Given real estate values and marketplace uncertainty isn’t it better to rent than to buy?
This question arises with increasing frequency. To provide a sure answer is to claim knowledge of the future, something that can’t be done. What can be done is to consider what we do know:
First, there’s no single or simple answer. What’s true in one market may not be true in another.
Second, people have to live somewhere. While the population is growing there’s relatively little new home construction and we see changing housing patterns. Increasingly adult children are moving back in with Mom and Dad after graduating college and the formation of new families is being delayed.
Third, if the argument is that renting is now a better option than owning, does that also mean now is a better time to be a real estate investor because of rising rental demand? Reis, Inc. reports for the first half of 2010 that apartment vacancies fell.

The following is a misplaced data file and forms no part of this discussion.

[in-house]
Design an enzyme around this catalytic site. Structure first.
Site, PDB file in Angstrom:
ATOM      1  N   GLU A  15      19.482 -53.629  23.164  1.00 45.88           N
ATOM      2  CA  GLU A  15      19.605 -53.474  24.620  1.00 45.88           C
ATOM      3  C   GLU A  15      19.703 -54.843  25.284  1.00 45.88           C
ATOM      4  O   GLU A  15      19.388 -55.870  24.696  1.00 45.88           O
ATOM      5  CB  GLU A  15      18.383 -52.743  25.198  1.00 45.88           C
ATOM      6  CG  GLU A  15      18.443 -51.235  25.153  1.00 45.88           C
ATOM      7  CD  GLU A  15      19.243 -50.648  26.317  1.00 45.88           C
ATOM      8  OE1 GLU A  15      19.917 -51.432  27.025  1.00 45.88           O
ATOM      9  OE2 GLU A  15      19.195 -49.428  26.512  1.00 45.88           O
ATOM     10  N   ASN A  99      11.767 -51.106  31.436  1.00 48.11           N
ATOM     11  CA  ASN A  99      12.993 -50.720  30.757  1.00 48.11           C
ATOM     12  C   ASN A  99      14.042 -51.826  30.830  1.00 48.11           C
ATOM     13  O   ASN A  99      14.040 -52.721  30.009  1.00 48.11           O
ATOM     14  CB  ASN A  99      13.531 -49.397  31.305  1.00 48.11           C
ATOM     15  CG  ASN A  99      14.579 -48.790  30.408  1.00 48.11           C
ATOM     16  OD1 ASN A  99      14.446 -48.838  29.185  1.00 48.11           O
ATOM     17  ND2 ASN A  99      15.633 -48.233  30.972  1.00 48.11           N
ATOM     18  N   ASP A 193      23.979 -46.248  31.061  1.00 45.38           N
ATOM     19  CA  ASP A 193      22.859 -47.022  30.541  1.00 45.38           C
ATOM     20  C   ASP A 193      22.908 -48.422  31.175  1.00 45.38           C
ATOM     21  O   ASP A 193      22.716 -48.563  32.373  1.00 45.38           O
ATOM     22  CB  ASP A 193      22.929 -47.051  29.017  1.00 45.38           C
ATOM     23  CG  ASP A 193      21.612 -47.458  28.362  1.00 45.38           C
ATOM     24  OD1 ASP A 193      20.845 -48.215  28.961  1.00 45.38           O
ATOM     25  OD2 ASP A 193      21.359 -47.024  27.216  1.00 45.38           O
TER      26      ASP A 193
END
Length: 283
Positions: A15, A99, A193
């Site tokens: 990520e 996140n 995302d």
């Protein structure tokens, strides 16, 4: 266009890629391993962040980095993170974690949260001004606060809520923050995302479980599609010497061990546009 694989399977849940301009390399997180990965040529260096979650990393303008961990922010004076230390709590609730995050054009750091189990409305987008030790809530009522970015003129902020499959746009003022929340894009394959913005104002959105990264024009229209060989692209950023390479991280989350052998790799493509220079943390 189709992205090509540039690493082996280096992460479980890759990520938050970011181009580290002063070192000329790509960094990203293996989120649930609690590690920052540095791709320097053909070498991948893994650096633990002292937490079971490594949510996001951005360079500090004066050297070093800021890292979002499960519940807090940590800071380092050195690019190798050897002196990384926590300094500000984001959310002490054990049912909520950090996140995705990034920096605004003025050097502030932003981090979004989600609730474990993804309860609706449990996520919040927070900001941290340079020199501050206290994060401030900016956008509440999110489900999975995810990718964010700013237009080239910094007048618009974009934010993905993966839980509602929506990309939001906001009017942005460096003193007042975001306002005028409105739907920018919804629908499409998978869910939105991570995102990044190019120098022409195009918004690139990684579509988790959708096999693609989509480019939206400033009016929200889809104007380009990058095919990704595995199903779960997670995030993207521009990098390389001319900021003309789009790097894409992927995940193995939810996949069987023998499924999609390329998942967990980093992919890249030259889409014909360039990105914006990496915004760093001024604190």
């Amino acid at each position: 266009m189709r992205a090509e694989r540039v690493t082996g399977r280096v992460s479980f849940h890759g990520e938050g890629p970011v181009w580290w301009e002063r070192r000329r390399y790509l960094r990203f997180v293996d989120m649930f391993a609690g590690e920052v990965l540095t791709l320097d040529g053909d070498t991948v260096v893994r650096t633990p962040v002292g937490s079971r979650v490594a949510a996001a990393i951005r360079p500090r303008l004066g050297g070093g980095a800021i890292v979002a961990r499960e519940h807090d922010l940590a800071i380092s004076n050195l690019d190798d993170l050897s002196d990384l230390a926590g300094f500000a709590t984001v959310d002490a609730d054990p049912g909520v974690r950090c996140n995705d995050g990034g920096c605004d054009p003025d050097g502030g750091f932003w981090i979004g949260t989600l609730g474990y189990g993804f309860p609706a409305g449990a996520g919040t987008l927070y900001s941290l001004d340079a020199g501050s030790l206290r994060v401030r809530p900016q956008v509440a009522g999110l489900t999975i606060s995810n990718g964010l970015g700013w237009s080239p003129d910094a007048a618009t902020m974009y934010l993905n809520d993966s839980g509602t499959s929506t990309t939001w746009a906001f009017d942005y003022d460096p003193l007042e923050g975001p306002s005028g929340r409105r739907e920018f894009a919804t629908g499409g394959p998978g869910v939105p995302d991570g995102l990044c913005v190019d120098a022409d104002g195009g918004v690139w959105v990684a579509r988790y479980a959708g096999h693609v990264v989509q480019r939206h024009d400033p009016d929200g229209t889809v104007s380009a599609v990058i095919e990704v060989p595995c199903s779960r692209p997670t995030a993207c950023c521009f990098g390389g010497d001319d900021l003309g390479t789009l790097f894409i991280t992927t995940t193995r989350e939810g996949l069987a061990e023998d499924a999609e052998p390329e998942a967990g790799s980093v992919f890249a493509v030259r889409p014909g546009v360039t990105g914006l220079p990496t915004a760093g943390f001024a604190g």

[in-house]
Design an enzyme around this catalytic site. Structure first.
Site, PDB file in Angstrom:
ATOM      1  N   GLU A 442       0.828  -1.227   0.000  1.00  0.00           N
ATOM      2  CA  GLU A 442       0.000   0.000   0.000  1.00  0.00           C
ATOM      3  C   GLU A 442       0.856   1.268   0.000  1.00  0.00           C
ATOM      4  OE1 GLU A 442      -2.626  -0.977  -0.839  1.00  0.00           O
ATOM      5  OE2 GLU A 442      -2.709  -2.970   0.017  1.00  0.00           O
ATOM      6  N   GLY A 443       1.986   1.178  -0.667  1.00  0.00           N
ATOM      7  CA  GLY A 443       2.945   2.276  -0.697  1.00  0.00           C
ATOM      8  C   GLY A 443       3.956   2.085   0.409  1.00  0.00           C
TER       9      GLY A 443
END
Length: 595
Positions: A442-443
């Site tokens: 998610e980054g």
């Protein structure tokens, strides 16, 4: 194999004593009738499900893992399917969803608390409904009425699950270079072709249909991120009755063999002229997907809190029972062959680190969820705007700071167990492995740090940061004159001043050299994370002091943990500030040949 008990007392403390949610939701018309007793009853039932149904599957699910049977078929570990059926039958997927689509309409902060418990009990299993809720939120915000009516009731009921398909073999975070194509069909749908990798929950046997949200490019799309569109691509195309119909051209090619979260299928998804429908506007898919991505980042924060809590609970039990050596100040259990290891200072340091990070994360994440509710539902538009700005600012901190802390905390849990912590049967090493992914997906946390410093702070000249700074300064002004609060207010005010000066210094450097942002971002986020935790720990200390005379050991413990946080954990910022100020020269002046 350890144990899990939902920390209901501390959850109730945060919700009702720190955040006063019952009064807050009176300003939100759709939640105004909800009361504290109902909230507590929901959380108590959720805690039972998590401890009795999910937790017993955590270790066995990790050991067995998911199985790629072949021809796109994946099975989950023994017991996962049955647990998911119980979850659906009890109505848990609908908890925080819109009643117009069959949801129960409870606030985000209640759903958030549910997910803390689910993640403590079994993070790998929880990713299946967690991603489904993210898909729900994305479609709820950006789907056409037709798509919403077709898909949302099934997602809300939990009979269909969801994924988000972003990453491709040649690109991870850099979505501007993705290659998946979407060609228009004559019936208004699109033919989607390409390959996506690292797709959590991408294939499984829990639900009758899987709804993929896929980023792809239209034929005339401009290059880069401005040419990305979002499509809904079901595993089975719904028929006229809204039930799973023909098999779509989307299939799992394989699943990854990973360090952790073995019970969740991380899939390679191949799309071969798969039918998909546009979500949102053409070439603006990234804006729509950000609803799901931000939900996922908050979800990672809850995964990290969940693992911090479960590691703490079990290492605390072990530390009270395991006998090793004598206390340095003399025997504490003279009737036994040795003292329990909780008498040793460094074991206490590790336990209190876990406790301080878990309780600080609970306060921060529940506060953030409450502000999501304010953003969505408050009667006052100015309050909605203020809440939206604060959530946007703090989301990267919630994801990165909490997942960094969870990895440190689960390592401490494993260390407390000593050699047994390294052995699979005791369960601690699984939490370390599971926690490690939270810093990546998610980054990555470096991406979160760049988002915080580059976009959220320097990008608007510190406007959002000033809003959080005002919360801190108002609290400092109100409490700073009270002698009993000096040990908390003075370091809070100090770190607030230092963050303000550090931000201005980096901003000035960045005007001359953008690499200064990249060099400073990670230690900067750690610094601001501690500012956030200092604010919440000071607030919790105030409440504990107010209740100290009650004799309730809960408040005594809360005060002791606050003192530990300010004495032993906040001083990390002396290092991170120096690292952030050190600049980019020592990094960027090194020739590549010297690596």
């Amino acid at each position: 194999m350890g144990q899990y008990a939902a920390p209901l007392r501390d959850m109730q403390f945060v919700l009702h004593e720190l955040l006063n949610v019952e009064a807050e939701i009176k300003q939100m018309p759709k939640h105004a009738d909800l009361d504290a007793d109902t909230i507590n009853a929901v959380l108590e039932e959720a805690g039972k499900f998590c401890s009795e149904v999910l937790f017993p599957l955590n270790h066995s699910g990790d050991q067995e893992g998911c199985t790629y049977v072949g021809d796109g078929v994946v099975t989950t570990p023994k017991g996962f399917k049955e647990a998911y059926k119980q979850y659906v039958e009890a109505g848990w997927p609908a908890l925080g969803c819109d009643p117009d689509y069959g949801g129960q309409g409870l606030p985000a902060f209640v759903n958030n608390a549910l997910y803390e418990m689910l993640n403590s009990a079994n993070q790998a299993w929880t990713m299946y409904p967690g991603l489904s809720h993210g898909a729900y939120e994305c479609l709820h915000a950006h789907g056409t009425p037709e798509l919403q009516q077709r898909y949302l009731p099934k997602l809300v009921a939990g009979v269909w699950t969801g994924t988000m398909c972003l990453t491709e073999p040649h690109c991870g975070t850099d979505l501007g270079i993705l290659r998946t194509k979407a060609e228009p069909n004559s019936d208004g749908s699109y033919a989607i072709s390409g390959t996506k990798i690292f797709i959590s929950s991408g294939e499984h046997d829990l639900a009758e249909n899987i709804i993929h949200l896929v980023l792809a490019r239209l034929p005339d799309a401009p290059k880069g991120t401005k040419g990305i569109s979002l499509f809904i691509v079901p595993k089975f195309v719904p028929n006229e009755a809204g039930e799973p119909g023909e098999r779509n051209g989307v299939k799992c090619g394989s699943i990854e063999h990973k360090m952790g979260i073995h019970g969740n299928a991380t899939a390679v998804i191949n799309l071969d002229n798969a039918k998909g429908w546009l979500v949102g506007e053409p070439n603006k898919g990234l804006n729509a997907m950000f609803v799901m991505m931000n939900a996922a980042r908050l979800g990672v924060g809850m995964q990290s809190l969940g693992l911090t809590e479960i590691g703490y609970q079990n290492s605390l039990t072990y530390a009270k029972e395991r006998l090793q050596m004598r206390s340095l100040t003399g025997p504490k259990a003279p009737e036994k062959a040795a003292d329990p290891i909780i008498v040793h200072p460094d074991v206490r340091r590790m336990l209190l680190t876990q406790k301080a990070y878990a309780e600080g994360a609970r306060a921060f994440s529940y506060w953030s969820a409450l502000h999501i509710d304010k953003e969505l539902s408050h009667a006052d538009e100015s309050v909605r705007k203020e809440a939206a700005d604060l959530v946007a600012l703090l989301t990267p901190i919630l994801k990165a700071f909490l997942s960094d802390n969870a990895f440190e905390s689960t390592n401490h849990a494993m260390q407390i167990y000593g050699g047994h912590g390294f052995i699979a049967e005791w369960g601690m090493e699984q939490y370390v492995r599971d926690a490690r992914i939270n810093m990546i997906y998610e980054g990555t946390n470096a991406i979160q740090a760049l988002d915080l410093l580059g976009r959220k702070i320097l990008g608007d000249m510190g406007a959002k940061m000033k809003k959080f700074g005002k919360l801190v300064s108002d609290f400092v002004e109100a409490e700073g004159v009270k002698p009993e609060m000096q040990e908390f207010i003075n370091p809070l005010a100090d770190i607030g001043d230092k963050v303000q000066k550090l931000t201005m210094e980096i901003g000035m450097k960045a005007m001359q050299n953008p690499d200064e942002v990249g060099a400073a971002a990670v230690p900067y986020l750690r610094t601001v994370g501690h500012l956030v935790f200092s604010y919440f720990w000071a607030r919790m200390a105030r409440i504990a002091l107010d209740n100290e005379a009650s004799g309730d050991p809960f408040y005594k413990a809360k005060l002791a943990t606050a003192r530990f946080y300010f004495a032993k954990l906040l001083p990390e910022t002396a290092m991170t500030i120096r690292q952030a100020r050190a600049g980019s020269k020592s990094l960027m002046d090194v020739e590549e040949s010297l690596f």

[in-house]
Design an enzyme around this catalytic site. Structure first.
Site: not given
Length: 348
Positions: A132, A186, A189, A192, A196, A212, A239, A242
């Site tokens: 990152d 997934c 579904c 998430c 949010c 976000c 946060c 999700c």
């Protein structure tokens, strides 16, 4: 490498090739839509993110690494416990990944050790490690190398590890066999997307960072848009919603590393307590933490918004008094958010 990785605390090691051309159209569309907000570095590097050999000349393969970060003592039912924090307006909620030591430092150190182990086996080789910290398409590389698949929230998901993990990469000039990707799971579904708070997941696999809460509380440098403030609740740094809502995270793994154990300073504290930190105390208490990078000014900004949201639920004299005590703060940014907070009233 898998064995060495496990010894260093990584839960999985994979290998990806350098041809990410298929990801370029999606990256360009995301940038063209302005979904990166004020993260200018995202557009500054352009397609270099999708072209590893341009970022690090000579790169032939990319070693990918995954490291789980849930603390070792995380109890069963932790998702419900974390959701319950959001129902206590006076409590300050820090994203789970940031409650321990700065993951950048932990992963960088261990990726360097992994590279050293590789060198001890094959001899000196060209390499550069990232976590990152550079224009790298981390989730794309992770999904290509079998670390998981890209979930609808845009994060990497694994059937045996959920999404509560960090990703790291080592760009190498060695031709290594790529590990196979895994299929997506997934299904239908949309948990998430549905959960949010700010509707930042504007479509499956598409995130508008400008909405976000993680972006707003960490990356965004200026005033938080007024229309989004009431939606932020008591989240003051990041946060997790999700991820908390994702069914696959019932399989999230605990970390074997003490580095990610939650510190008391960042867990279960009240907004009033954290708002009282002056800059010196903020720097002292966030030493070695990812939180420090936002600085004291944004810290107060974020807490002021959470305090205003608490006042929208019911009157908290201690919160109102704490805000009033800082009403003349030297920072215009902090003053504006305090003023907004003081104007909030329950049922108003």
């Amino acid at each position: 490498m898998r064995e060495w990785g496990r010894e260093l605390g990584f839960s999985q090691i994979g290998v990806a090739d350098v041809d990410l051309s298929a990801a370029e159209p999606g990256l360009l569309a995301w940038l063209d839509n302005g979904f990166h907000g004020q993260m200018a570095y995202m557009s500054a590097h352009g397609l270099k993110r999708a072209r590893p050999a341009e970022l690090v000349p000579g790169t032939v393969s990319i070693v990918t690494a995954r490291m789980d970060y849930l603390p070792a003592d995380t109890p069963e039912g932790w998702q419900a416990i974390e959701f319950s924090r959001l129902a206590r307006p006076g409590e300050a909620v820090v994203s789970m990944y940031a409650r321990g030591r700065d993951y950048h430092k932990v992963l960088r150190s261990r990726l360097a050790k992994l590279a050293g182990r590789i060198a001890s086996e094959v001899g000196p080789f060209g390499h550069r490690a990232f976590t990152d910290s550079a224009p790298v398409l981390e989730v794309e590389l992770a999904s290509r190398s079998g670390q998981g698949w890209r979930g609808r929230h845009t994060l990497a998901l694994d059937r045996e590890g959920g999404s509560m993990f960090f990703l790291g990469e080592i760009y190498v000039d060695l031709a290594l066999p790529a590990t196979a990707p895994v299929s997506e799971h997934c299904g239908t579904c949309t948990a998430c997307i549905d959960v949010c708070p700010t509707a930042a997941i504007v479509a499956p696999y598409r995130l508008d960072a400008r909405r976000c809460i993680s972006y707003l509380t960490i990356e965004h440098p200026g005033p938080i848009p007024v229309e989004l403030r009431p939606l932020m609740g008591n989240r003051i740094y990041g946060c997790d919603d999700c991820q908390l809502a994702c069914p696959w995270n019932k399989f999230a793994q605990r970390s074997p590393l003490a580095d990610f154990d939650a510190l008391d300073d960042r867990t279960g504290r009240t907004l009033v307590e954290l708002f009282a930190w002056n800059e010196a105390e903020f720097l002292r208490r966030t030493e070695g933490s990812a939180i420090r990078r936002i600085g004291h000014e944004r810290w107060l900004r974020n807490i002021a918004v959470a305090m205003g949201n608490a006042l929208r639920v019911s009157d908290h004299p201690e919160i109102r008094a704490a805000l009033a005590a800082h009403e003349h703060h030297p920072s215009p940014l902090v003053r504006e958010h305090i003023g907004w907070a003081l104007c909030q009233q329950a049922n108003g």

For specifics regarding population, job and vacancy trends in your market speak with local real estate brokers and community development offices.
Our usual property tax is about $4,000 a year. Our lender’s year-end 1098 form says we only paid $2,000 but local records show the tax was fully paid. Where’s the rest?
Most likely you refinanced toward the end of the year and a semi-annual tax payment was made at closing. Check your HUD-1 from closing for the missing payment and also if prepaid interest or points were paid. Speak with a tax professional for specifics.
What can we do if a tenant check bounces? Twice?
You have provided goods and services (use of the property) and are entitled to payment. You could seek criminal charges and an eviction, but that does not enhance your bank account. Ask if the tenants can get help from a family member or charity, or if the missing money can be repaid over time.